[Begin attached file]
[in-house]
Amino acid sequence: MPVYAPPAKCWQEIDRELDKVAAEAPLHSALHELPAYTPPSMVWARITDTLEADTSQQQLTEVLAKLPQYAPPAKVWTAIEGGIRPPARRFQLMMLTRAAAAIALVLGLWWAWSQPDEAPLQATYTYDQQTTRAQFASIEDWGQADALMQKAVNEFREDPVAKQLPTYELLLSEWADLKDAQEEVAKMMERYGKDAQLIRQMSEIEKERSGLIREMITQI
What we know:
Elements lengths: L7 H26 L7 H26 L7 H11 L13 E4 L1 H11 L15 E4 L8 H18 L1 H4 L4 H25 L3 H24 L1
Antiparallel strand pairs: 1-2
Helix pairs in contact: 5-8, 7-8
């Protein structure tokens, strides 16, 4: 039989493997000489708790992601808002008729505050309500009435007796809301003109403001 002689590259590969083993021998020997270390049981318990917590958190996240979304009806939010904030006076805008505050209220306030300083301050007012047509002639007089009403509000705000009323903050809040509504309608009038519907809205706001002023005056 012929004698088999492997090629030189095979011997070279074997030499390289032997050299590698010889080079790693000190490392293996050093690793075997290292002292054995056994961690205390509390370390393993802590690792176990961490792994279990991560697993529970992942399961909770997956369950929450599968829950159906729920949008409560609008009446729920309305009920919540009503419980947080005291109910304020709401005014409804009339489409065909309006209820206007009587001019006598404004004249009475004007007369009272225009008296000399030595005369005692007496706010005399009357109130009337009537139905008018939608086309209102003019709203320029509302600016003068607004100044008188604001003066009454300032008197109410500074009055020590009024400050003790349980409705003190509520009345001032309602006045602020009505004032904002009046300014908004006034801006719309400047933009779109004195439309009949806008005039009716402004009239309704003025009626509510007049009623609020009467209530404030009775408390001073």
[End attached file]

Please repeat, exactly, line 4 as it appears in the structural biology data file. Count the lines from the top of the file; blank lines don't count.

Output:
Elements lengths: L7 H26 L7 H26 L7 H11 L13 E4 L1 H11 L15 E4 L8 H18 L1 H4 L4 H25 L3 H24 L1